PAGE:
Eley Grove (formerly Venus Wood)

Hopefully the first of many
Our first, (and so far only,) wood was purchased in the summer of 2001. It is a 5.5 acre site in an outstanding area of natural beauty on the East Sussex/Kent borders. Trustees and supporters have taken on the management of the site, and it become a bit of a ‘proving ground’ for ideas. Management has mainly involved felling some of the 50-year old Norway Spruce trees originally planted for commercial use, and allowing the site to naturally regenerate to a broadleaved wood in keeping with the beautiful East Sussex countryside. In 2007 the 'Trust was granted a tree felling license for 40 of the larger Norway Spruce trees. Eley Grove then became a venue for a CS32 chainsaw course.

A large number of the Spruce trees have been felled and logged, and a variety of different types of tree, mainly Oak, Yew, Birch, Horse Chestnut and Holly planted. It was a strange to see the first Spruce tree come down but the clearance has allowed more trees to flourish. Some of the cleared areas have new growth appearing with Hornbeam and Sweet Chestnut being the main benefactors to date. We intend planting some Field Maple as some of the dominant oaks grow taller.

This is an ongoing scheme, with no fixed timescale. Eley Grove also comes alive each spring with thousands of wild bluebells and there is a small stream nearby with water stained by iron from underground rocks. Eventually all the Spruces will be removed, but this will take several years. The wood is evolving rather than rapidly changing and a fire-pit dug in the winter of 2001 has already been a source for dozens of bar-b-ques.

Eley Grove remains open to the public 365 days a year. When visitors are not there the wildlife comes out. The area is full of rabbits, deer and many species of birds. In addition, a large number of fungi can be seen each autumn, so if you are ever in the Staplecross area why not make a visit. Directions can be had by contacting the Olgar Trust.

Archaeology of the area
Eley Grove lies in an area that 2,000 years ago formed the boundary between two prominent Celtic tribes. These were the Cantiaci with their capital in modern Canterbury and the Regini based in modern Chichester. Both started as independent kingdoms but later came under Roman rule. Eley Grove falls within the eastern most area of Regini occupation. The Romans were interested in the iron ore in the area and had it smelted into ingots, which were then shipped out of Britain. At the time, iron was worth more than gold. A roman road runs south from the old Roman port of Bodiam through Staplecross village. This important road was used to transport iron to the port, and is not far from our wood.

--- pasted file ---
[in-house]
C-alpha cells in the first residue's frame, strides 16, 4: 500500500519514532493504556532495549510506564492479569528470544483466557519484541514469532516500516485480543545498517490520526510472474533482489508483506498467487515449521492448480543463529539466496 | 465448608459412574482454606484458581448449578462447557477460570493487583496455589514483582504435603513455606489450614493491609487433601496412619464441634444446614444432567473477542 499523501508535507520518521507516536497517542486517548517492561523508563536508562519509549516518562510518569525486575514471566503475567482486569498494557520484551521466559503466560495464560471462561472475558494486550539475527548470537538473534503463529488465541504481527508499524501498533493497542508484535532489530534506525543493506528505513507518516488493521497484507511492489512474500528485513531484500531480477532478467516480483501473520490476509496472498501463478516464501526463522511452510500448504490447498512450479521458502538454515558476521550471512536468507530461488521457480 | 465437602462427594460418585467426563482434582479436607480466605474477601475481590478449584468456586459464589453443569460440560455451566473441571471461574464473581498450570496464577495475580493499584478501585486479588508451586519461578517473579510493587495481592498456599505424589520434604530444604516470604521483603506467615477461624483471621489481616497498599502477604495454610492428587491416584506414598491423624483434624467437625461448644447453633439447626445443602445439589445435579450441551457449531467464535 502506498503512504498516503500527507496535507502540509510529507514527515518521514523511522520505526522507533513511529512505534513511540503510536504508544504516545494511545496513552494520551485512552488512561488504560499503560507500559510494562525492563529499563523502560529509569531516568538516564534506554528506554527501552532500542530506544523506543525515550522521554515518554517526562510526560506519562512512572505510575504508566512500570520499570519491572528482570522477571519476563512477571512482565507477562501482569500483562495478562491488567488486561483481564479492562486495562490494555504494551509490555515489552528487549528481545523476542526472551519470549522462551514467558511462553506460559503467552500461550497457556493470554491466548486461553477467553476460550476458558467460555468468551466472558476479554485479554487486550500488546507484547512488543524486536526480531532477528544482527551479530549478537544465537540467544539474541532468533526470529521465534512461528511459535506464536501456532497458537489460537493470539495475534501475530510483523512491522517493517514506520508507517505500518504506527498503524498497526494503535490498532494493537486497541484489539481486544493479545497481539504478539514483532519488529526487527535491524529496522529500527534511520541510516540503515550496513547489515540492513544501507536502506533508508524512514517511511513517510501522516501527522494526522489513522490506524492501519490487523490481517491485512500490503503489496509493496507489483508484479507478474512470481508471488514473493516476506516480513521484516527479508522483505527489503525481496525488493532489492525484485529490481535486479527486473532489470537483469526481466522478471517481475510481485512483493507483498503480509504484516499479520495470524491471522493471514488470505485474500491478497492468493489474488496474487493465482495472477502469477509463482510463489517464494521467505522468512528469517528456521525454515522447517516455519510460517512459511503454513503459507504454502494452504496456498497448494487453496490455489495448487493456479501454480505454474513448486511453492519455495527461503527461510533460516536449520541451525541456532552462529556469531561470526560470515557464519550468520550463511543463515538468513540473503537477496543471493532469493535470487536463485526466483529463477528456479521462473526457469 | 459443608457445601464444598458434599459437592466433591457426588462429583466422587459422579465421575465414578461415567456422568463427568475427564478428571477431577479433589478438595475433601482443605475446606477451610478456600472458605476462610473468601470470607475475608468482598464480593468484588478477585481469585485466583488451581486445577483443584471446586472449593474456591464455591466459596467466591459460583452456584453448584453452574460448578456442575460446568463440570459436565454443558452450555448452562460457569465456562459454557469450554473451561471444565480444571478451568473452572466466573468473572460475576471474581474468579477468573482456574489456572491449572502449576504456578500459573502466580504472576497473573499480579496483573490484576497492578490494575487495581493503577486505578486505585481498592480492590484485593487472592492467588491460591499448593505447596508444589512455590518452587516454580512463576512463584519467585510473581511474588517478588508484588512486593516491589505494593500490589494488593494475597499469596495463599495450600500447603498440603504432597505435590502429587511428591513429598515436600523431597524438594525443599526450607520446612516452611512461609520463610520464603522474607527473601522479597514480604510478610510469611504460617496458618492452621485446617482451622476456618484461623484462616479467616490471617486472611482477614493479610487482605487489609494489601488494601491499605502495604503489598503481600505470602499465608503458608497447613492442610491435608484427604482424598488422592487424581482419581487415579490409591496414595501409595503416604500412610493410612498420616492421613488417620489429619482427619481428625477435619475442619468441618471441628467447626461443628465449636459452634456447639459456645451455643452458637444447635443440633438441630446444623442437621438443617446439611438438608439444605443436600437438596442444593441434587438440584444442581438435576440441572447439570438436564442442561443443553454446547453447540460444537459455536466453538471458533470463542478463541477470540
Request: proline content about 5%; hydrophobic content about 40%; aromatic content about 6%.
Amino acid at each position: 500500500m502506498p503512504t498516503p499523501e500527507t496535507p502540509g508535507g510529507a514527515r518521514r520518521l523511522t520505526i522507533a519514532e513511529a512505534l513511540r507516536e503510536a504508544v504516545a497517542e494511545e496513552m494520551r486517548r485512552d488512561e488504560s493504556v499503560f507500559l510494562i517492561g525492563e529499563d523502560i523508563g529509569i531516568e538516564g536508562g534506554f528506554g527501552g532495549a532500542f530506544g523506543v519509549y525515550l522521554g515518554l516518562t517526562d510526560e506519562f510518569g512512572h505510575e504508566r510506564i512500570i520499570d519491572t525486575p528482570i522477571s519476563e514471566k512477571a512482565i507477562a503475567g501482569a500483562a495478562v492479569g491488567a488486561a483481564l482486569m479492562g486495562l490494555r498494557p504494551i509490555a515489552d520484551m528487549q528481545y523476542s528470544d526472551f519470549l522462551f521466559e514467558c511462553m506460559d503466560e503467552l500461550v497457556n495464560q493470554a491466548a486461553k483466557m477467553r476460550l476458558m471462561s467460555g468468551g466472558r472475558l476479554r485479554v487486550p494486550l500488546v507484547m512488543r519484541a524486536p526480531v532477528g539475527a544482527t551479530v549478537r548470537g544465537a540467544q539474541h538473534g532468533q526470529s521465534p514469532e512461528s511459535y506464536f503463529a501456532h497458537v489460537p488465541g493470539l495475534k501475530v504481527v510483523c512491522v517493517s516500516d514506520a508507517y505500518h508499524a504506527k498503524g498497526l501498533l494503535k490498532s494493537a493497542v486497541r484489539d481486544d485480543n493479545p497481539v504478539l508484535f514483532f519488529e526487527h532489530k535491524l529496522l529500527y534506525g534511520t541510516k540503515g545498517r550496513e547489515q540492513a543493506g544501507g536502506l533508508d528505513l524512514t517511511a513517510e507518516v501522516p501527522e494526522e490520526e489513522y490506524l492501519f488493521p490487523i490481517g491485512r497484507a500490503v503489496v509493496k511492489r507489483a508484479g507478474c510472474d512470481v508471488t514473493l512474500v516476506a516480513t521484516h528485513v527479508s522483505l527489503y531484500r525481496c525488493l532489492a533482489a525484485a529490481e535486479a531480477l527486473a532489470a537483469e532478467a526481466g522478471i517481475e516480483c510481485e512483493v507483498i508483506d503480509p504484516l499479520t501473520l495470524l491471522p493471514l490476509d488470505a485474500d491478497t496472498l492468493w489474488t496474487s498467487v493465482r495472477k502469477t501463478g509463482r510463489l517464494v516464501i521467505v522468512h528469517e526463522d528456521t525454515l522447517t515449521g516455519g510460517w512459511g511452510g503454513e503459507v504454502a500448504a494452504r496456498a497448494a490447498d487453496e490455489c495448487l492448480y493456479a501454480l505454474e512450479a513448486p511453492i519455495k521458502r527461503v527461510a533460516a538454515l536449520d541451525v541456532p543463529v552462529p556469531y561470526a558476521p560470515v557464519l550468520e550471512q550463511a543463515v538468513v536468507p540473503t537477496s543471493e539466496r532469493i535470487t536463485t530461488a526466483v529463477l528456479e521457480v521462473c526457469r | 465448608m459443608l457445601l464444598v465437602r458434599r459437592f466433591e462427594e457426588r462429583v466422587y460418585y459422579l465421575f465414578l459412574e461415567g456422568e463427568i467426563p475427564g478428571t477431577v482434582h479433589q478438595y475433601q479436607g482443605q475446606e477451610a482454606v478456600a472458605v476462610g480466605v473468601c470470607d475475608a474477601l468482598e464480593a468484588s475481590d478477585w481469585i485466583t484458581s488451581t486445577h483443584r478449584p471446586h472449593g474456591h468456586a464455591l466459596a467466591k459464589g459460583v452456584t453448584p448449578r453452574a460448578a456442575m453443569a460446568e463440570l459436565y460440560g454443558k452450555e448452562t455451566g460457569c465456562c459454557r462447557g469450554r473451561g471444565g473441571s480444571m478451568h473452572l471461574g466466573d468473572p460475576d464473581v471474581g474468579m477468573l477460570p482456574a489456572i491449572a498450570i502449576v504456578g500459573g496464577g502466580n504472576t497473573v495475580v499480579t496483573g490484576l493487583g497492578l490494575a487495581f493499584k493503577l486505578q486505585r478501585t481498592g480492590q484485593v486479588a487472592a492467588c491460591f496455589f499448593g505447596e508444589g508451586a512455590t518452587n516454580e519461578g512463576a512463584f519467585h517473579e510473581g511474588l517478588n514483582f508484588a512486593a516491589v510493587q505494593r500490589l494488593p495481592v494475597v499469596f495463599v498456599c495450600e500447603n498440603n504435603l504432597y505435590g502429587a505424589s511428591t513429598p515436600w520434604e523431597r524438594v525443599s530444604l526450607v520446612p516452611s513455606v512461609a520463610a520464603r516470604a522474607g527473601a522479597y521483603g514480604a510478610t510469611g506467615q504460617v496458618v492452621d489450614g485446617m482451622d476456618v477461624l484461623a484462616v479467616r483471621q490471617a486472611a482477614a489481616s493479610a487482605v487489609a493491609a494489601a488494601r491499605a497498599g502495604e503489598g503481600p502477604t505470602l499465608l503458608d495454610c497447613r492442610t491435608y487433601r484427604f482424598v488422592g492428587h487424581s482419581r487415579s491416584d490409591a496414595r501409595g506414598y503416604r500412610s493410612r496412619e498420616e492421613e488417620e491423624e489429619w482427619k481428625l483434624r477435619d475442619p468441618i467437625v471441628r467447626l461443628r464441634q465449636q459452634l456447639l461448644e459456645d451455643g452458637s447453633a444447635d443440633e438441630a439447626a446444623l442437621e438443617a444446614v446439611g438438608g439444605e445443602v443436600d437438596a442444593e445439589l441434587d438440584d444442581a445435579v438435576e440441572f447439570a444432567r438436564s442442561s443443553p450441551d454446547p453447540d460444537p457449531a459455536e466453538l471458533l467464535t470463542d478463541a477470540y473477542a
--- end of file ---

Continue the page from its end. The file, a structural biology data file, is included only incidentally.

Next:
Our wood looks like ‘old soil.’ An unusual curved northern boundary is the meeting point of three ancient Wealden trackways. In 2019 the Trustees decided to change the name of the wood to Eley Grove. This was in memory of one of our earliest Trustees, Andrew 'Eley' Sumner, who sadly died that year of cancer. He spent most of his spare time in the wood and worked tirelessly on its maintenance. Eley will be remembered for many projects, including creating the fire-pit.

So much more needs to be discovered!

The nearest postcode is TN32 5SH (Junction Road.)

Staplecross itself is a place full of history. Known to the Romans, it was equally important during the Middle Ages and was the hub of the Hundred of Staple that comprised the villages of Northiam, Ewhurst Green, Bodiam, Sedlescombe and parts of Brede, Mountfield and Whatlingon. The name ‘Staplecross’ probably derives from ‘the market where provisions are bought at the cross roads.’

Modern Staplecross is a pretty rural hamlet with a pub, (the Cross Inn,) and a school. It has long lost its own Post Office. Many of the houses in the area are over 200 years old. Parts of the Cross Inn are 600 years old. The pub is a Grade II listed building, now owned by the community. It is at the crossroads and is the centre of Staplecross life, and well worth a visit. A local bus service runs into coastal Hastings, a few miles away.